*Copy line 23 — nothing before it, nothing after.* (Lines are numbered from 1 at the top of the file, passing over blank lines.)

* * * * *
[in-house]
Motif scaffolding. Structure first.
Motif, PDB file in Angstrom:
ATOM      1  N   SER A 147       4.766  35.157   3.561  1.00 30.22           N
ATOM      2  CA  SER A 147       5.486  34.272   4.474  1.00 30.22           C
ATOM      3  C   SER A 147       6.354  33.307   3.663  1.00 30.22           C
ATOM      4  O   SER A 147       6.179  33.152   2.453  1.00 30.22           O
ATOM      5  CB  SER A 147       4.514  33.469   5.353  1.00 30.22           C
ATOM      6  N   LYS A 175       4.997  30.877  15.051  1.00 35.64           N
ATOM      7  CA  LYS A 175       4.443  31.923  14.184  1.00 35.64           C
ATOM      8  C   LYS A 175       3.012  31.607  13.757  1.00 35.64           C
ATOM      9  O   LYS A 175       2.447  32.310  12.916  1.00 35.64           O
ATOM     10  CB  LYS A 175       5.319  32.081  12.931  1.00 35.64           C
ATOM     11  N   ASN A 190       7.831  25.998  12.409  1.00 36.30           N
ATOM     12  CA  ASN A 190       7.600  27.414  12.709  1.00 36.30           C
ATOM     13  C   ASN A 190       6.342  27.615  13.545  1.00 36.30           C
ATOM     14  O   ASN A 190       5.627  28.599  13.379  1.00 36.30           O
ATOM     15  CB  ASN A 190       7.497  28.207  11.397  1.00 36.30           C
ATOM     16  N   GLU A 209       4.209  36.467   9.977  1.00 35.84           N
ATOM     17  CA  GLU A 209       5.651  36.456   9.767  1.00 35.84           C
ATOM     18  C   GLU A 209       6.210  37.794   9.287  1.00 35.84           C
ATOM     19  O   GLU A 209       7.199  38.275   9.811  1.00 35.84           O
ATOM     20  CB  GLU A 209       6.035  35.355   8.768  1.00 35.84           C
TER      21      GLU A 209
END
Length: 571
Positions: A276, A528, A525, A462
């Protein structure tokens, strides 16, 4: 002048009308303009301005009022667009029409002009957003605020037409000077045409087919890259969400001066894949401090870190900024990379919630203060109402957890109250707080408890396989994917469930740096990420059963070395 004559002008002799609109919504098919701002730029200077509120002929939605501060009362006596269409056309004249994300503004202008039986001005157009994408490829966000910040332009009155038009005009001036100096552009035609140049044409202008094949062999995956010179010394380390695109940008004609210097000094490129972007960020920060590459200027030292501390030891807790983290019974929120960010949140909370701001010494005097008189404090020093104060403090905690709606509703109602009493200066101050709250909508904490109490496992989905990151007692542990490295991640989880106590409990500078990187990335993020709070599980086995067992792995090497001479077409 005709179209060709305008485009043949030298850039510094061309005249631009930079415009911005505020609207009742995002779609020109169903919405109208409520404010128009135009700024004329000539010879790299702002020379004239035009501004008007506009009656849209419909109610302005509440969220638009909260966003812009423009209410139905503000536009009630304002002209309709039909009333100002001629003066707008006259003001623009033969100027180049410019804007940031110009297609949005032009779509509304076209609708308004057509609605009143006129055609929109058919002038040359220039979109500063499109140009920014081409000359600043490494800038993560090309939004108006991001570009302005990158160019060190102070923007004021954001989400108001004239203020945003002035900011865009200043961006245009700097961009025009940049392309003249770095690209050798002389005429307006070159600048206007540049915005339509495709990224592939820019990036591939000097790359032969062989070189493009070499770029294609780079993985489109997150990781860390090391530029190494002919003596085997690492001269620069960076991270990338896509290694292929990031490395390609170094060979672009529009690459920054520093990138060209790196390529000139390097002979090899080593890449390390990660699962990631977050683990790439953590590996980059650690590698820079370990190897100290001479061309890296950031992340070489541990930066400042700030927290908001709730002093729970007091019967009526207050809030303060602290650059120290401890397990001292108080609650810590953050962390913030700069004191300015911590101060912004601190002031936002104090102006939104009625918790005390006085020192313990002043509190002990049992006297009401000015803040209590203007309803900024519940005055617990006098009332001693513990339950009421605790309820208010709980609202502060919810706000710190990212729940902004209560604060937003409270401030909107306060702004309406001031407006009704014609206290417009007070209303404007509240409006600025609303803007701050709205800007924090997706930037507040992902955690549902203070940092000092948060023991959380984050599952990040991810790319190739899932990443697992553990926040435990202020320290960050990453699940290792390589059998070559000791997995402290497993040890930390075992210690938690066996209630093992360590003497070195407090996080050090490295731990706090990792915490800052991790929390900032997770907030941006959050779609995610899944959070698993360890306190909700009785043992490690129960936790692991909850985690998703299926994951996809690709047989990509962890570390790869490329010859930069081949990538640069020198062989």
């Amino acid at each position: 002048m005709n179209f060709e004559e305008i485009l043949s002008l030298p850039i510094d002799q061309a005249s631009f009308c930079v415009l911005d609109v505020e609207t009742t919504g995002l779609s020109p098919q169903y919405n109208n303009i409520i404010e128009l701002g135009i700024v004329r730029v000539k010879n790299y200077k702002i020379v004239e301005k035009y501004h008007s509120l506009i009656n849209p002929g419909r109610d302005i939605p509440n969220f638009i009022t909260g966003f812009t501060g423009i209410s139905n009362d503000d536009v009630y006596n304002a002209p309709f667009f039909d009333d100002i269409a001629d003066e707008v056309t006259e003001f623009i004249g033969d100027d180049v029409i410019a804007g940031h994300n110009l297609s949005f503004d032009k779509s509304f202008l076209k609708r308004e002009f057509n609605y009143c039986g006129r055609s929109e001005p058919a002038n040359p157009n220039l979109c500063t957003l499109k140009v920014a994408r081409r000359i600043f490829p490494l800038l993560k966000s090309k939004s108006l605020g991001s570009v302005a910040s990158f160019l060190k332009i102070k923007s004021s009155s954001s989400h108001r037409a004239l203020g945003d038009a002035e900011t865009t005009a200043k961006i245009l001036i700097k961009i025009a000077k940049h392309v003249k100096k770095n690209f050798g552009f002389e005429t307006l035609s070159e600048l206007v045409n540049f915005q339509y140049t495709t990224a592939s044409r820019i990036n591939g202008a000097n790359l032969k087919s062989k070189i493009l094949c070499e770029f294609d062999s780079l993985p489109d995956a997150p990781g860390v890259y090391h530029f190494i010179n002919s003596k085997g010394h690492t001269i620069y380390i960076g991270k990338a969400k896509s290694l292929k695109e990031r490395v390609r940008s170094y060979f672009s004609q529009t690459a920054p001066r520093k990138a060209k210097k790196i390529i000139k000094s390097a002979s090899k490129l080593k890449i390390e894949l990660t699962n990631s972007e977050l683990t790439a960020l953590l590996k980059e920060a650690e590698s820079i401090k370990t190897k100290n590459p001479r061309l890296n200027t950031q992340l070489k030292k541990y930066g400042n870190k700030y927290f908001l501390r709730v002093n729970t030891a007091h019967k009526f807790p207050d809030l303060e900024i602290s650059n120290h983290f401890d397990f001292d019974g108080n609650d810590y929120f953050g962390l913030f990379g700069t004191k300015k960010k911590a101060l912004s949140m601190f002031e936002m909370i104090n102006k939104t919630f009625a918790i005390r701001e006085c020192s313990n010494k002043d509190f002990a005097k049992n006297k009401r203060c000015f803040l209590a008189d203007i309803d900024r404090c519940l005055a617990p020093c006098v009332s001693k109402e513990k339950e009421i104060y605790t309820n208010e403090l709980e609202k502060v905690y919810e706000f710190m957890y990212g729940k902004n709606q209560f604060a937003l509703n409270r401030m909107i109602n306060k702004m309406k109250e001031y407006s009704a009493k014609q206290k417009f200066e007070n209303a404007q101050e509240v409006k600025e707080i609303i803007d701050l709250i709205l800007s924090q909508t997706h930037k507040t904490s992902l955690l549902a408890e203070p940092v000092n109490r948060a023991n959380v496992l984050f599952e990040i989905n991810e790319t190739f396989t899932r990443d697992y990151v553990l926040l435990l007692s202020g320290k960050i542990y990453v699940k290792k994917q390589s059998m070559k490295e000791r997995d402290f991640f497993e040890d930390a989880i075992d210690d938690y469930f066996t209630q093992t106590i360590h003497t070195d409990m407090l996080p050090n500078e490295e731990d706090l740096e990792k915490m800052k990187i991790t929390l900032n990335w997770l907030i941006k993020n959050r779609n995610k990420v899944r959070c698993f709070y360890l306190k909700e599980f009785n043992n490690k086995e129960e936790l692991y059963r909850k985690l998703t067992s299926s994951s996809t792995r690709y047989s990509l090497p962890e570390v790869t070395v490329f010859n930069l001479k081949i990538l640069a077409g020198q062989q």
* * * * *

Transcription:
ATOM     20  CB  GLU A 209       6.035  35.355   8.768  1.00 35.84           C